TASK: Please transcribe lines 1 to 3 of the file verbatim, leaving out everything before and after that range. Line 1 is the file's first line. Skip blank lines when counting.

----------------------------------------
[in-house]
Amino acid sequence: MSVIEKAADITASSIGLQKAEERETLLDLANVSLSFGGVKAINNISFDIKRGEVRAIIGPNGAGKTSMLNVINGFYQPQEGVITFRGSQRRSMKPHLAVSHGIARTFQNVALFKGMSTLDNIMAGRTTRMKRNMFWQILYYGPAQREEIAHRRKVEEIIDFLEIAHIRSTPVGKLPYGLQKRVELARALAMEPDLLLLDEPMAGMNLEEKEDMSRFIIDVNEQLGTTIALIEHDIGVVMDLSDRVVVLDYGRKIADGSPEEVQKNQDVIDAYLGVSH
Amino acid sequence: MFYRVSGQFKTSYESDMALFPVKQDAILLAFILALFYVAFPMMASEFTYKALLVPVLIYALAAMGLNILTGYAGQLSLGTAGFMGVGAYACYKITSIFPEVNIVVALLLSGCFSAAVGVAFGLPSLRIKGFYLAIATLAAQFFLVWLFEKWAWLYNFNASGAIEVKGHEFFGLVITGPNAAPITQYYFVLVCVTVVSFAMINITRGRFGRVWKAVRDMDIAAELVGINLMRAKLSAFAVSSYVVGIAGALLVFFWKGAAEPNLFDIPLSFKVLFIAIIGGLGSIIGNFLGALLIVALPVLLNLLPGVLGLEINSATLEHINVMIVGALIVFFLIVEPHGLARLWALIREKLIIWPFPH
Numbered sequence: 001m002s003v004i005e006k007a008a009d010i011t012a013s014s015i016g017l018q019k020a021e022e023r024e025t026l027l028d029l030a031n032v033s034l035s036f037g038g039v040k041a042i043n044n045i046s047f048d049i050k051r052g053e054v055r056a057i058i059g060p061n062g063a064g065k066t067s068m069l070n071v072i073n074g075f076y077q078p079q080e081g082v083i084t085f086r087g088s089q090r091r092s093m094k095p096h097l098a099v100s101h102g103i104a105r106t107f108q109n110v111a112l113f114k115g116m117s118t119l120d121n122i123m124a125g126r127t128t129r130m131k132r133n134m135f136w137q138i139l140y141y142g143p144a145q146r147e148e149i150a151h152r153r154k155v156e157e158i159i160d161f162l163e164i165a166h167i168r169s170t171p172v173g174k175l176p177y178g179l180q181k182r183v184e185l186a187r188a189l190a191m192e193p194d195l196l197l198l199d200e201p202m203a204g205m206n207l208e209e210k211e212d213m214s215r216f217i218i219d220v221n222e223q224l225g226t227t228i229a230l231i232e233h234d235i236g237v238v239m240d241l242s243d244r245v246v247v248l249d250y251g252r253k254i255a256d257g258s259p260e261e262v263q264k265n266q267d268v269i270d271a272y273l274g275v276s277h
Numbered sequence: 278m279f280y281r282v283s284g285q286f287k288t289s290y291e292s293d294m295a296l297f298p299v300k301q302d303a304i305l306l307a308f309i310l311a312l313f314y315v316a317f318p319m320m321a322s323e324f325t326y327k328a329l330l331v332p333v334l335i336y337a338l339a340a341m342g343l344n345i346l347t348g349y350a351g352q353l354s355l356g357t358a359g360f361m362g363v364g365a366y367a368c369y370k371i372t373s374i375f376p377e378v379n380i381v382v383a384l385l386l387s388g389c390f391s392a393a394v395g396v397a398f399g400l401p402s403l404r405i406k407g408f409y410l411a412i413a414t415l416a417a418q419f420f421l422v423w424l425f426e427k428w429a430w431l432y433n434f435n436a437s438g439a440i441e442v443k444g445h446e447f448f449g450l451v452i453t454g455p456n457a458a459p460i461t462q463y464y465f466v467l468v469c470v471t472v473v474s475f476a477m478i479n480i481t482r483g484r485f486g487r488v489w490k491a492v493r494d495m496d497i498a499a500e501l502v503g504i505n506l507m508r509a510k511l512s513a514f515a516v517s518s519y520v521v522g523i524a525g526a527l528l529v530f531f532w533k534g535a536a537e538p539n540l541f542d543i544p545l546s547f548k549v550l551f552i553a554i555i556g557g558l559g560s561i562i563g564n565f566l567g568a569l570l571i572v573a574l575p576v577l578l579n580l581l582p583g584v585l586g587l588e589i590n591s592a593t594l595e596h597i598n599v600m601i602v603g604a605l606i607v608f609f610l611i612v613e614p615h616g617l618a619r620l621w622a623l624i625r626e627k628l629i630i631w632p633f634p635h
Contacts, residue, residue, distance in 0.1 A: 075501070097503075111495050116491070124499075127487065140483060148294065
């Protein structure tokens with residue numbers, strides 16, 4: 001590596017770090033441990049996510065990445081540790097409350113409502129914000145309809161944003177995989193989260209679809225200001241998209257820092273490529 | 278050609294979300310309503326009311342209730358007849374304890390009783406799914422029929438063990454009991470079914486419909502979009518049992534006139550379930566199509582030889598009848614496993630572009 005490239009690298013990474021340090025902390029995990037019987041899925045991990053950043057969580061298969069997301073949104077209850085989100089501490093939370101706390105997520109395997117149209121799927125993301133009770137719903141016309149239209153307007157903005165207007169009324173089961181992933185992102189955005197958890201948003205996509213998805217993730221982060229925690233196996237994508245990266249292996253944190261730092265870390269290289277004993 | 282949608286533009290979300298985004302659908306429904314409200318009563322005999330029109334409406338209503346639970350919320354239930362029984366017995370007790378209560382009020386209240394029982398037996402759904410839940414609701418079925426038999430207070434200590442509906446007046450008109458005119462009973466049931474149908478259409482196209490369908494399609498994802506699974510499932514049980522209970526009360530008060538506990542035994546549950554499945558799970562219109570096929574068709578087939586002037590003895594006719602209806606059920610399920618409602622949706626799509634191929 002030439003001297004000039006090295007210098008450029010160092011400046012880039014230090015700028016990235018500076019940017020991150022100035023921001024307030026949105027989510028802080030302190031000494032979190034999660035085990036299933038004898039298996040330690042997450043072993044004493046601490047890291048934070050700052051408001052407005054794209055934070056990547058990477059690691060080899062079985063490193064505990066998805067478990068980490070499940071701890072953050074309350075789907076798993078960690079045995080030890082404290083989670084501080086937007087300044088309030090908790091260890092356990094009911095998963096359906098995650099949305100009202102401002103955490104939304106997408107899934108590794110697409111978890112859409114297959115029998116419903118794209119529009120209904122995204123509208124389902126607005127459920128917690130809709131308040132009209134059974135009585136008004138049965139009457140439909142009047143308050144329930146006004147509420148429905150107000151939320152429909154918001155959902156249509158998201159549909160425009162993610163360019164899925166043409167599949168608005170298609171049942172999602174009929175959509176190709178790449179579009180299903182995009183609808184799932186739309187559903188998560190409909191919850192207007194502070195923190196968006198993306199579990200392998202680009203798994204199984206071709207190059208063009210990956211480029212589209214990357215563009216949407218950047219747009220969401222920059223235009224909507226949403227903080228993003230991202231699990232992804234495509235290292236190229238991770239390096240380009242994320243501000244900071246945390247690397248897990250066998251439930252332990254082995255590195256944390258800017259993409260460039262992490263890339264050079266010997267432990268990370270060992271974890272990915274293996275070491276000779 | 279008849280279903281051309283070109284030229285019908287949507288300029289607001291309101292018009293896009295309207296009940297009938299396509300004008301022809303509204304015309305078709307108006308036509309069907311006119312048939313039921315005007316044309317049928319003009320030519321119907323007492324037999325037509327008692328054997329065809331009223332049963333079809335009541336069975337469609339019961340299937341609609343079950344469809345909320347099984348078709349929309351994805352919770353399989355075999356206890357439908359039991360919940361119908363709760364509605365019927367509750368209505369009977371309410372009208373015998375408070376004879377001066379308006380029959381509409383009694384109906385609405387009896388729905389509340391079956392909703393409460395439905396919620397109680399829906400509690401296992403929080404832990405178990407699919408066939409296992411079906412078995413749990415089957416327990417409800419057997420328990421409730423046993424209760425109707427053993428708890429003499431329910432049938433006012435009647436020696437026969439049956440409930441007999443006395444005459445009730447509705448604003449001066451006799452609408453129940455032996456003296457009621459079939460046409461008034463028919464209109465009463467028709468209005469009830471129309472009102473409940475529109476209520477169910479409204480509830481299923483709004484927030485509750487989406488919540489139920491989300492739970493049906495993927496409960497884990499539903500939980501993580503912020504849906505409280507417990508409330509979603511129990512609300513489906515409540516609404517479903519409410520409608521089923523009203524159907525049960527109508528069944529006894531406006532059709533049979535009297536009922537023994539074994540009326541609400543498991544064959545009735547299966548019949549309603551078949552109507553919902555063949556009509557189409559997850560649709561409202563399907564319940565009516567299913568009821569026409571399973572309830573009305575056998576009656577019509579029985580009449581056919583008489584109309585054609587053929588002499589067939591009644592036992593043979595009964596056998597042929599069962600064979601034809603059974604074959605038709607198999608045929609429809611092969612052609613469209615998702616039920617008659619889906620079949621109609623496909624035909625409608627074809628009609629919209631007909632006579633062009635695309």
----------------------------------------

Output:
[in-house]
Amino acid sequence: MSVIEKAADITASSIGLQKAEERETLLDLANVSLSFGGVKAINNISFDIKRGEVRAIIGPNGAGKTSMLNVINGFYQPQEGVITFRGSQRRSMKPHLAVSHGIARTFQNVALFKGMSTLDNIMAGRTTRMKRNMFWQILYYGPAQREEIAHRRKVEEIIDFLEIAHIRSTPVGKLPYGLQKRVELARALAMEPDLLLLDEPMAGMNLEEKEDMSRFIIDVNEQLGTTIALIEHDIGVVMDLSDRVVVLDYGRKIADGSPEEVQKNQDVIDAYLGVSH
Amino acid sequence: MFYRVSGQFKTSYESDMALFPVKQDAILLAFILALFYVAFPMMASEFTYKALLVPVLIYALAAMGLNILTGYAGQLSLGTAGFMGVGAYACYKITSIFPEVNIVVALLLSGCFSAAVGVAFGLPSLRIKGFYLAIATLAAQFFLVWLFEKWAWLYNFNASGAIEVKGHEFFGLVITGPNAAPITQYYFVLVCVTVVSFAMINITRGRFGRVWKAVRDMDIAAELVGINLMRAKLSAFAVSSYVVGIAGALLVFFWKGAAEPNLFDIPLSFKVLFIAIIGGLGSIIGNFLGALLIVALPVLLNLLPGVLGLEINSATLEHINVMIVGALIVFFLIVEPHGLARLWALIREKLIIWPFPH